WRITTEN BY VALERIE EASTON
Flower & Garden 2005
Fresh faces and ideas promise to
perk up this perennial show
GREGORY CASE, 2004 NORTHWEST FLOWER & GARDEN SHOW
Last year's People's Choice award-winning garden featured the theme of planting a row for the hungry, perhaps the incentive for several 2005 show gardens that explore the garden as useful, nurturing and community-building. “A Garden of Eatin'” was designed by Rose Marie Nichols McGee and sponsored by the Garden Writers Association.
And the fellow who runs it seems proud of it, too.
'But if I ran the show,' said young gardener McGrew,
'I'd make a few changes. That's just what I'd do.' "
With apologies to the good Dr. Seuss's "If I Ran the Zoo," I'd offer a similar thought regarding our very own Northwest Flower & Garden Show:
"The tulips and orchids and that kind of stuff
After 17 straight years of conjuring up springtime in winter, this year's show has gotten the hint. They're not putting on just any old show. With creativity in high gear, they've infused the standard fare with first-time exhibitors, literary drama and a new British-inspired Flora Fantasia filled with visual pyrotechnics far beyond tulips and orchids and that kind of stuff.
At its best, flower show '05 will showcase the impressive talents of the Northwest gardening community topped off by national judges and speakers. At its most basic, it'll bring together so many vendors and gardeners and designers that your head will spin. For five days, the convention center is transformed into horticultural heaven, filled with energy and ideas, bustle and bloom; fragrance, too. Not bad for early February. Among the highlights:
Innovative Gardens and First-Time Exhibitors
A pretty little vegetable plot extolling the virtues of planting a row for the hungry captured the public's heart last year, winning "A Garden of Eatin' " the coveted People's Choice award. The theme of social significance returns this year with Seattle Youth Garden Works first-ever show garden. Its theme of urban land use and food security is an unusual one for show-goers. These disadvantaged teenagers will express via the medium of soil and plants what they've learned about urban agriculture, environmental stewardship and nutrition from the earth. Each element of the garden supplies food, medicine or other harvestable materials, but the overall theme is a larger one of gardens as a place of safety, solace and community building.
The concept of useful and nurturing outdoor spaces continues with a Native American medicine wheel in a garden crafted with the ancient art of feng shui in mind. Designed by Bill Peregrine for Malone's Landscape, it features a peace pole surrounded by culinary and medicinal plants.
This year's Washington Park Arboretum display, created by Brad Pugh and a host of volunteers, celebrates the Arboretum's style of international fusion as well as its botanical treasures.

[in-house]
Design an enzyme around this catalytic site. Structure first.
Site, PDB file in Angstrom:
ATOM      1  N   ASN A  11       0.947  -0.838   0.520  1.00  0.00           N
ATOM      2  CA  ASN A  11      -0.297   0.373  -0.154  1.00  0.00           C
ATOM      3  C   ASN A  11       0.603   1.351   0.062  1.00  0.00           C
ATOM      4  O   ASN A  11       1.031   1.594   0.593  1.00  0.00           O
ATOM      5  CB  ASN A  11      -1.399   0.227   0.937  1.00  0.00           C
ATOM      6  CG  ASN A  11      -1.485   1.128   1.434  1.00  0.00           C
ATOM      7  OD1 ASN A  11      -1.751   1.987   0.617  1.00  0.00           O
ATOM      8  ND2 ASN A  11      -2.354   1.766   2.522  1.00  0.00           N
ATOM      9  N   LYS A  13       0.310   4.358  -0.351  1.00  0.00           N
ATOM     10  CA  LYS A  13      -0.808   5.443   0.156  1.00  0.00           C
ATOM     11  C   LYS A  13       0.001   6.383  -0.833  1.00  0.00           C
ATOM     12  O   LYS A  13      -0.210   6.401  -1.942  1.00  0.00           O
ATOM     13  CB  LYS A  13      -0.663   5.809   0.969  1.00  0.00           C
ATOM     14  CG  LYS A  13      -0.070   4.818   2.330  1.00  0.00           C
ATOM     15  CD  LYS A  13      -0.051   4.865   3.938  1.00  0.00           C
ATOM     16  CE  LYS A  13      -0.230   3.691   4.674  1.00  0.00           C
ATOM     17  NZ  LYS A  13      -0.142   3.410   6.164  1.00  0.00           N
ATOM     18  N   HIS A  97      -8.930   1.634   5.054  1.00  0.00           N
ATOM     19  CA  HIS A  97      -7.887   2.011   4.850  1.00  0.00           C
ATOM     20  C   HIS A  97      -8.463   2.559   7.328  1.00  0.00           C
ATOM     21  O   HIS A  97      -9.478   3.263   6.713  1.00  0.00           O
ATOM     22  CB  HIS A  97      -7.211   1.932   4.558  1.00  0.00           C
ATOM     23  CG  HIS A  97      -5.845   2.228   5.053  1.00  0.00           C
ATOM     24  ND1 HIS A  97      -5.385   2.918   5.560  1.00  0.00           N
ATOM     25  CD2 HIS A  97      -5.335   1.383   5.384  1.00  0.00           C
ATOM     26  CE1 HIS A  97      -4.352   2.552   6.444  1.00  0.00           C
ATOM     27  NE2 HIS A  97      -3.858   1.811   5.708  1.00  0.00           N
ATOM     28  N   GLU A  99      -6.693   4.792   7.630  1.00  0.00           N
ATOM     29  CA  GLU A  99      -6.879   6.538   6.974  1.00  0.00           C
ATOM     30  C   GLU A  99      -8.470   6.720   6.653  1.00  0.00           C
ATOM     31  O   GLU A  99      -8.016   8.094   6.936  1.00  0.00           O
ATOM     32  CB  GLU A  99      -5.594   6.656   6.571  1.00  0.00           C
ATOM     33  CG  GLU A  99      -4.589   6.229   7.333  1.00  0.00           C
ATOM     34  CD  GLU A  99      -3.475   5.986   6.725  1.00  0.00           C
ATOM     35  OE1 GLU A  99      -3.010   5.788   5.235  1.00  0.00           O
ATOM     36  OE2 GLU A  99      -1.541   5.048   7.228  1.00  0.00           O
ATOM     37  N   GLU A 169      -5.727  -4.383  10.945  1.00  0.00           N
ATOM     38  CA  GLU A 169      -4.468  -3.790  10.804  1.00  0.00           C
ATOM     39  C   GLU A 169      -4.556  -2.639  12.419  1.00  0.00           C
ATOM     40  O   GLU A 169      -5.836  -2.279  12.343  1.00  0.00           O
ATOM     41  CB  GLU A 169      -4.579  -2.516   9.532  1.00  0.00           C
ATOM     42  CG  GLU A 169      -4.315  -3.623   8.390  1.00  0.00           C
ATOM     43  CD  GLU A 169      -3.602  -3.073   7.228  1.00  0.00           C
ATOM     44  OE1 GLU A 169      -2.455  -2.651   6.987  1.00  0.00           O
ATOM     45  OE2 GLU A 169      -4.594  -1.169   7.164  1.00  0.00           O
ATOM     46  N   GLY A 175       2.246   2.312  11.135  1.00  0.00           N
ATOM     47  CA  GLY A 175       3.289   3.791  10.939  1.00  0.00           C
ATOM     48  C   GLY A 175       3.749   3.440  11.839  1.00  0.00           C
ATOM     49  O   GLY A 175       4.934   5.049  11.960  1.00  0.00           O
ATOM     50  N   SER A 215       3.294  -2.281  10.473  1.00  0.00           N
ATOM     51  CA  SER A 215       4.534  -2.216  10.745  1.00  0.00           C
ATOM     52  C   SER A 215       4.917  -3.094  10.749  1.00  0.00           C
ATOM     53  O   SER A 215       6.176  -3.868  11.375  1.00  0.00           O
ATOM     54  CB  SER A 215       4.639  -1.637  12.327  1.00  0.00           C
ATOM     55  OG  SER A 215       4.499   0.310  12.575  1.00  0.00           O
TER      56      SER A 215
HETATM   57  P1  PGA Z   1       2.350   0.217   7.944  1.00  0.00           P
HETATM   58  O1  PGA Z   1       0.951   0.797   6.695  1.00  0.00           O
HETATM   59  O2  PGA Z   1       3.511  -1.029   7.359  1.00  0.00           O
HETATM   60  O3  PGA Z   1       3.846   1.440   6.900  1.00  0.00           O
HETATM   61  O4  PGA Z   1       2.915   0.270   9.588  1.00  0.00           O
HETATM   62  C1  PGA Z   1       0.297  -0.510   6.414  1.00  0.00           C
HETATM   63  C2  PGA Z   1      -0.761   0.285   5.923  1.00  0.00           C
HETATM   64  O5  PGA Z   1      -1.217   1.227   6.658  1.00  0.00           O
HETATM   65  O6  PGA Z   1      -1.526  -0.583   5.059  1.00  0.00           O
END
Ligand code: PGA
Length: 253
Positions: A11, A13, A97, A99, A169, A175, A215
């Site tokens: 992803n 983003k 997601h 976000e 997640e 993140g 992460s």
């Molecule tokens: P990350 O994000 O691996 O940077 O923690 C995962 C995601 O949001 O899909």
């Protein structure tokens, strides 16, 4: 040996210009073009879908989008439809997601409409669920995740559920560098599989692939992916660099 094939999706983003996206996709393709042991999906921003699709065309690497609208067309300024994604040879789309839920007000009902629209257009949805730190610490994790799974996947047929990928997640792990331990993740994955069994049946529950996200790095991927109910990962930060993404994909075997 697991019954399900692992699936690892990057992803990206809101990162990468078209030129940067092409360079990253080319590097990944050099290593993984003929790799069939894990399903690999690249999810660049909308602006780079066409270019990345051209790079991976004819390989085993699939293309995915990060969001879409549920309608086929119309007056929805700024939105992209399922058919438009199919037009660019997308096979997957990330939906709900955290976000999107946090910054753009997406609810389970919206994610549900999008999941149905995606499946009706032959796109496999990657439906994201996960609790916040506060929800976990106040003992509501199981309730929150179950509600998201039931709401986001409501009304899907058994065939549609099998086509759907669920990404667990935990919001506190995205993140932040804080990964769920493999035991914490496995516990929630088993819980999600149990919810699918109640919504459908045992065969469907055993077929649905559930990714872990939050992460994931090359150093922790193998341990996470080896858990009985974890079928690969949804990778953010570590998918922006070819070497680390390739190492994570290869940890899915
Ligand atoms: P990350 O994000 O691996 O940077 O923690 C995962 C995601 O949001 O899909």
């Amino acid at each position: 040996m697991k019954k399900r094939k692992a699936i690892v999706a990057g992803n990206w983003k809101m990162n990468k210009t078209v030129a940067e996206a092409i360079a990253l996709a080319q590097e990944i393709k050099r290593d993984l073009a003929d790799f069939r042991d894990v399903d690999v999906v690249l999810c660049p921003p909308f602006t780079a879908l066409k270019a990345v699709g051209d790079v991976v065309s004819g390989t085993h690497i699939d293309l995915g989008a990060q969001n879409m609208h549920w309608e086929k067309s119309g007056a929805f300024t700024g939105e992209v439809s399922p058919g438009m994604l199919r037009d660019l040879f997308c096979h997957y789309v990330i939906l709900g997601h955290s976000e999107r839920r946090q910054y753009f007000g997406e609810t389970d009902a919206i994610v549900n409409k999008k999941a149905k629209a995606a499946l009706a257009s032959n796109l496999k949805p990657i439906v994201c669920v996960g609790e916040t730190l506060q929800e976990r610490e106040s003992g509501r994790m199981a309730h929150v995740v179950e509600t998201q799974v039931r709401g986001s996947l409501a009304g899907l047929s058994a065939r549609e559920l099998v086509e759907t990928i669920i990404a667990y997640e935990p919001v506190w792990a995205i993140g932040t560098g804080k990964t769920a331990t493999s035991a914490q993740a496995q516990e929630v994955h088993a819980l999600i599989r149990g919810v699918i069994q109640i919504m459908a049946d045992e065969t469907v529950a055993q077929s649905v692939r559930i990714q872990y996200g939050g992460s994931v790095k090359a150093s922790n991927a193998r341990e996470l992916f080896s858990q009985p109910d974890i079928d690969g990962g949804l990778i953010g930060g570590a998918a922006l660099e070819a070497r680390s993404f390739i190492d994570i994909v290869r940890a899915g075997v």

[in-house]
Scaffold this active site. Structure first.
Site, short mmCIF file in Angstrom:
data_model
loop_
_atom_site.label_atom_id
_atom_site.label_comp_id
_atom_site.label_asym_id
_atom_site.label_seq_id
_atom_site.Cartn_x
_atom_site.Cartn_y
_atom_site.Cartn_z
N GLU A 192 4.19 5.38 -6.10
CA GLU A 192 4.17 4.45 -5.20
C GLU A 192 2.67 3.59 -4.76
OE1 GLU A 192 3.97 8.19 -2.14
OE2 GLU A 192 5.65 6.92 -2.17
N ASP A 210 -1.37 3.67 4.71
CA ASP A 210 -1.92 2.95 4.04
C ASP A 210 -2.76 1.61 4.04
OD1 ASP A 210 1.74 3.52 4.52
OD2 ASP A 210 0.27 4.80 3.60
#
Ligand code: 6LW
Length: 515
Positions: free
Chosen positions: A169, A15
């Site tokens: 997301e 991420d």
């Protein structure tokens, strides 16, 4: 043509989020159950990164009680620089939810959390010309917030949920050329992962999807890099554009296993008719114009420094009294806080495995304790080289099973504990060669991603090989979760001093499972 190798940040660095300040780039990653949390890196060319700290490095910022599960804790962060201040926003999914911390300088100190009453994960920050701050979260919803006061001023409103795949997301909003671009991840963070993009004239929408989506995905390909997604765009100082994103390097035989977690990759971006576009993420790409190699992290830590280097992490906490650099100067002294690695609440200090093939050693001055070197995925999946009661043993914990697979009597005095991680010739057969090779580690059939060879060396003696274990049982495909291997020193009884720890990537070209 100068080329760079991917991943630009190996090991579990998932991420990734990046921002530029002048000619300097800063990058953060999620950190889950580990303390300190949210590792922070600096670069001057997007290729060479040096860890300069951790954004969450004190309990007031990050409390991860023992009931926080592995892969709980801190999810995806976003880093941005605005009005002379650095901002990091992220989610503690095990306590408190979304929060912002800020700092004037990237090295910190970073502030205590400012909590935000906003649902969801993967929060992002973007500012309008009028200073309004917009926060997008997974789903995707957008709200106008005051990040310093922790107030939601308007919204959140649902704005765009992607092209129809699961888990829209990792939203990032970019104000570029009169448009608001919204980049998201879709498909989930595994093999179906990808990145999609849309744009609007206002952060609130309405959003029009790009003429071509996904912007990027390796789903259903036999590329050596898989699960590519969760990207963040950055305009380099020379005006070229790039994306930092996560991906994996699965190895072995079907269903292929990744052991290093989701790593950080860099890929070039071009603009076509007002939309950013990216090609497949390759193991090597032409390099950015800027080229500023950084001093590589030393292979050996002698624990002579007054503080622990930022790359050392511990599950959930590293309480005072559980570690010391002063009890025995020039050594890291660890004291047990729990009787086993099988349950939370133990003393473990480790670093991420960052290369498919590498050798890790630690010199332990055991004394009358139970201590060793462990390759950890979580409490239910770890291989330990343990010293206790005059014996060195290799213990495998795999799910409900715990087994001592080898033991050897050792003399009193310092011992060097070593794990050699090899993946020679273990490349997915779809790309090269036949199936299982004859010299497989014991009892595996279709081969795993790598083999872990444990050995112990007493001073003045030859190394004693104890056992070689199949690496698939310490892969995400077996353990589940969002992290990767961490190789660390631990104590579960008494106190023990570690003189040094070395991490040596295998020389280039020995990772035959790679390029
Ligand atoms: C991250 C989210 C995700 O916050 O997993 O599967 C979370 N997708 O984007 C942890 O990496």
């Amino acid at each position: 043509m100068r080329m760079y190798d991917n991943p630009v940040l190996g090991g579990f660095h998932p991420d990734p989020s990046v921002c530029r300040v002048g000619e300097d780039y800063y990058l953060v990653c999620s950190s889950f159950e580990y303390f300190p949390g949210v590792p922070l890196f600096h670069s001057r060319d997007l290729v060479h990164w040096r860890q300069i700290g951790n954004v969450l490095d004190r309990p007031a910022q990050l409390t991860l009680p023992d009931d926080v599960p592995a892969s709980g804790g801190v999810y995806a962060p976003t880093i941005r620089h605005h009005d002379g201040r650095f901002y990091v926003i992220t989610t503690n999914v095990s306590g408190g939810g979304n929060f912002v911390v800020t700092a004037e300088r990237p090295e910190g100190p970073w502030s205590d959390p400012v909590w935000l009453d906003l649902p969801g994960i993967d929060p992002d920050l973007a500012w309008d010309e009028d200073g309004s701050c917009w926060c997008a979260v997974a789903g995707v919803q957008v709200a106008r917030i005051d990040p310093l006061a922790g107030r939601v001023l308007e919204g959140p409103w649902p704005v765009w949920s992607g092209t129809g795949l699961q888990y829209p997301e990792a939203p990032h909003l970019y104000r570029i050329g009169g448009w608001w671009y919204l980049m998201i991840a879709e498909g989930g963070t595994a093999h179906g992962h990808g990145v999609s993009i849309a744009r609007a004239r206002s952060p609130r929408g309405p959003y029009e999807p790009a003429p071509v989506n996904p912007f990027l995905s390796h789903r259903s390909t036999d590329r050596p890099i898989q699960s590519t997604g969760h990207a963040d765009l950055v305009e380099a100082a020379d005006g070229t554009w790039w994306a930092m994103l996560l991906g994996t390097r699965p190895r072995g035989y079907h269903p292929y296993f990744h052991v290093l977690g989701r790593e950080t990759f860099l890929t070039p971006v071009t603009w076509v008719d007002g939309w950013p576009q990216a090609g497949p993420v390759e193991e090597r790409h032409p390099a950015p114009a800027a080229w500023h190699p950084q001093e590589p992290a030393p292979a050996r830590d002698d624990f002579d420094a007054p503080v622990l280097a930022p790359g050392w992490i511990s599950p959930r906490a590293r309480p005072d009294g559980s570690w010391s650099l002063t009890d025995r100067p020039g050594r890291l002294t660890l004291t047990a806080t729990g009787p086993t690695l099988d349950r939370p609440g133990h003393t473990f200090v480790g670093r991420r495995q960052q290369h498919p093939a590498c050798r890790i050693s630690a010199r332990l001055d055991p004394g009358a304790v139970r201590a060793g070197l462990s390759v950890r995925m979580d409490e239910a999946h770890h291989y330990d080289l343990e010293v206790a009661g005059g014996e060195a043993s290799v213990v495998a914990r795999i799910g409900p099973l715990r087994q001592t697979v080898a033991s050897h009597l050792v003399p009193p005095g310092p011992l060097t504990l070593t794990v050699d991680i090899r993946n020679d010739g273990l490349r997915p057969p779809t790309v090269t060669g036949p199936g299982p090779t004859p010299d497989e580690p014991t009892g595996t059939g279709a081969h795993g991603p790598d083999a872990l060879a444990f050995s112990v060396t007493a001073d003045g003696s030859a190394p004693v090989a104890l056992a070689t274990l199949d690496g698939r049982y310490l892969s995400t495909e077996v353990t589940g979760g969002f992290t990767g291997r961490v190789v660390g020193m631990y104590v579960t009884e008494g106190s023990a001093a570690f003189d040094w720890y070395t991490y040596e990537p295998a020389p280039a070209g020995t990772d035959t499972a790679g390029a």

St. Helen's Literary Stage introduces a venue for literary expression. If you haven't had the pleasure of attending a poetry reading by Steve Lorton of Sunset magazine, this will be your chance to see him peer over his glasses while eloquently summoning up inspiring words from his most favorite nature poets.
Actor Roy Dicks will be back to reprise his role as the erudite Beverley Nichols in a one-man show that proves the witticisms and wisdom of this ultimate British gardener as sharp and engaging today as when they were first written in the middle of the last century.
Celebrity gardeners Noel Kingsbury and Wayne Winterrowd are traveling from England and Vermont, respectively, to speak at the show. A great new idea this year is the panel discussion presented by Classic Nursery, which gives show-goers the chance to spend an hour listening to a spirited discussion of styles and interests by an impressive bunch of Northwest landscape designers. "Dozen Designers In a Day" (Feb. 12, 11 a.m. to noon).
In search of more visual interest, show managers came up with the idea of flowery vignettes inspired by Britain's famous Chelsea Show's Central Pavilion. Five designers are creating expansive floral fireworks, including a Tradescant Garden commemorating the famous 17th-century father-and-son plant-hunting duo, created by the crowd-pleasing Christianson's Nursery near Mount Vernon.
Inhale deeply to find B&D Lilies' shabby-chic display of more than 500 oriental and asiatic lilies.
Even if you've waded through all 17 past years, be assured the flower-show folks have created five very full days of uniquely exciting activities and displays to justify attendance again this year. Besides, it's a chance to see all your gardening friends as they emerge from the winter doldrums.
Valerie Easton is a Seattle free-lance writer and contributing editor for Horticulture magazine. Her e-mail address is email@example.com.
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